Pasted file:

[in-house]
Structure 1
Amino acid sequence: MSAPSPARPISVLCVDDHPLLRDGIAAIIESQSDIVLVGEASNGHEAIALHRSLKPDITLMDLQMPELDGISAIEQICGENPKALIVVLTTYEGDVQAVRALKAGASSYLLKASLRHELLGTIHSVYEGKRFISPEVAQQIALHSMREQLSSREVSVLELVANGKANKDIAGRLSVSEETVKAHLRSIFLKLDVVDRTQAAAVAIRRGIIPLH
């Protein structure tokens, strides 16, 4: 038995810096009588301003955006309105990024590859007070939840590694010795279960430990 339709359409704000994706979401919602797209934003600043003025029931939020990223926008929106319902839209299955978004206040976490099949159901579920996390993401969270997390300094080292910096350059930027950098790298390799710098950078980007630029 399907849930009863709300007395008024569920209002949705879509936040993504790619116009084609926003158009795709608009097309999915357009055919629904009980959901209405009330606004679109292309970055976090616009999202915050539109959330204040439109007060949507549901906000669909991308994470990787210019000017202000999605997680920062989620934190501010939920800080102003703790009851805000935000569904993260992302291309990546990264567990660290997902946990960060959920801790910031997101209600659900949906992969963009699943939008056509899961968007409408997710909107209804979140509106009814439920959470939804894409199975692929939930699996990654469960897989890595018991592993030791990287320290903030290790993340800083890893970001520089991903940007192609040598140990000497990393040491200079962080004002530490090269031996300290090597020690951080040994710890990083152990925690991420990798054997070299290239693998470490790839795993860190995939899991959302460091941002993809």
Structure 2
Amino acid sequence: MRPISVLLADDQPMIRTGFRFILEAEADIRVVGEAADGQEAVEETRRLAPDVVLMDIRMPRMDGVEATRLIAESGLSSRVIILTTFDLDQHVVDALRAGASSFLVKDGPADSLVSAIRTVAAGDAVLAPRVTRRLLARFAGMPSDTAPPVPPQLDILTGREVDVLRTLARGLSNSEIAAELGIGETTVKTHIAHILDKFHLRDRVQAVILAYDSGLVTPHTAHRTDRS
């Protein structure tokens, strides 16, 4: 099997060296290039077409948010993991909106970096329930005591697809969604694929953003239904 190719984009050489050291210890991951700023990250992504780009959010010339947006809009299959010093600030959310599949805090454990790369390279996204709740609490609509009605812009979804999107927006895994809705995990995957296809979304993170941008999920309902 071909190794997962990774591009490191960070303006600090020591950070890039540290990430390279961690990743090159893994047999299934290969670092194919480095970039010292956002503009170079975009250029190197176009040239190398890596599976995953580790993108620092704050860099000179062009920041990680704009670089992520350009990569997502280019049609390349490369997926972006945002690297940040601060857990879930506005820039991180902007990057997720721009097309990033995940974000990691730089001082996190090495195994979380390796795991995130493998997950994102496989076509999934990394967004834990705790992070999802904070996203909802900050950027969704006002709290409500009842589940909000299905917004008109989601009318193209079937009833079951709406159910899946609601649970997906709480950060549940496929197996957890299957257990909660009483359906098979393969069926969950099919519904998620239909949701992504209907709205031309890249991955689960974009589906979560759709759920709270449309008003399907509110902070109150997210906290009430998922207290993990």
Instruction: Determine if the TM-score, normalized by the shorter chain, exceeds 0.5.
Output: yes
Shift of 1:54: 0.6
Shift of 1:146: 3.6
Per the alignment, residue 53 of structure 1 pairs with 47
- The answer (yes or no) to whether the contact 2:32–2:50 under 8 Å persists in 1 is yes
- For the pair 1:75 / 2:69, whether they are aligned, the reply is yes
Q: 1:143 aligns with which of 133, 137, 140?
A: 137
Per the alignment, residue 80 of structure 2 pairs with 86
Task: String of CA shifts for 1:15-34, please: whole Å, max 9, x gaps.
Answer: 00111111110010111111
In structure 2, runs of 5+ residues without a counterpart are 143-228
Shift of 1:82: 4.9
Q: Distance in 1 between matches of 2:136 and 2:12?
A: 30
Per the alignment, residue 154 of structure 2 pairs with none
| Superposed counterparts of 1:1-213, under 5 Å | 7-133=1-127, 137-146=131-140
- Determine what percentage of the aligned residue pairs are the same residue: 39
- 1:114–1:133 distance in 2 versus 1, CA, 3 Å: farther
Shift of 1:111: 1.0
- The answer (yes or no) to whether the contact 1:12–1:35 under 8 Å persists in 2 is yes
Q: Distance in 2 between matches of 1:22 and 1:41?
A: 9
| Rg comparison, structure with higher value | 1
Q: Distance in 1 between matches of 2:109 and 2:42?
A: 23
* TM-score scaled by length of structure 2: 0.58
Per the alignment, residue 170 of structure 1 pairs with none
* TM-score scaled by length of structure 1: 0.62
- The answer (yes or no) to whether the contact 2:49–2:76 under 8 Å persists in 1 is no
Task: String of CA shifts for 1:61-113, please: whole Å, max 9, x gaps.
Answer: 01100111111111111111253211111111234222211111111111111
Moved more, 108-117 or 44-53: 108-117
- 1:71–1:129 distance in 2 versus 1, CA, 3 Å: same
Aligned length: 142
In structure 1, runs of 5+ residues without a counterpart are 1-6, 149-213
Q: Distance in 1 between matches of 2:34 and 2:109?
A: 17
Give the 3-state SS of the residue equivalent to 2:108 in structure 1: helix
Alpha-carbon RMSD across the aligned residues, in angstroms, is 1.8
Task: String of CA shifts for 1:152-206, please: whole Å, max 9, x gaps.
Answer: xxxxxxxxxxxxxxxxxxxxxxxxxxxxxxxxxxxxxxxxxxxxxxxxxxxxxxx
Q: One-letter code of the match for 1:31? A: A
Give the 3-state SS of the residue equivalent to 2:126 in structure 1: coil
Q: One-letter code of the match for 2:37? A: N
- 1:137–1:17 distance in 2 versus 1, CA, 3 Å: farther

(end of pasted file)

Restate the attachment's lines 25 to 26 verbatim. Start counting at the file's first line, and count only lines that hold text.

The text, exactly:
| Superposed counterparts of 1:1-213, under 5 Å | 7-133=1-127, 137-146=131-140
- Determine what percentage of the aligned residue pairs are the same residue: 39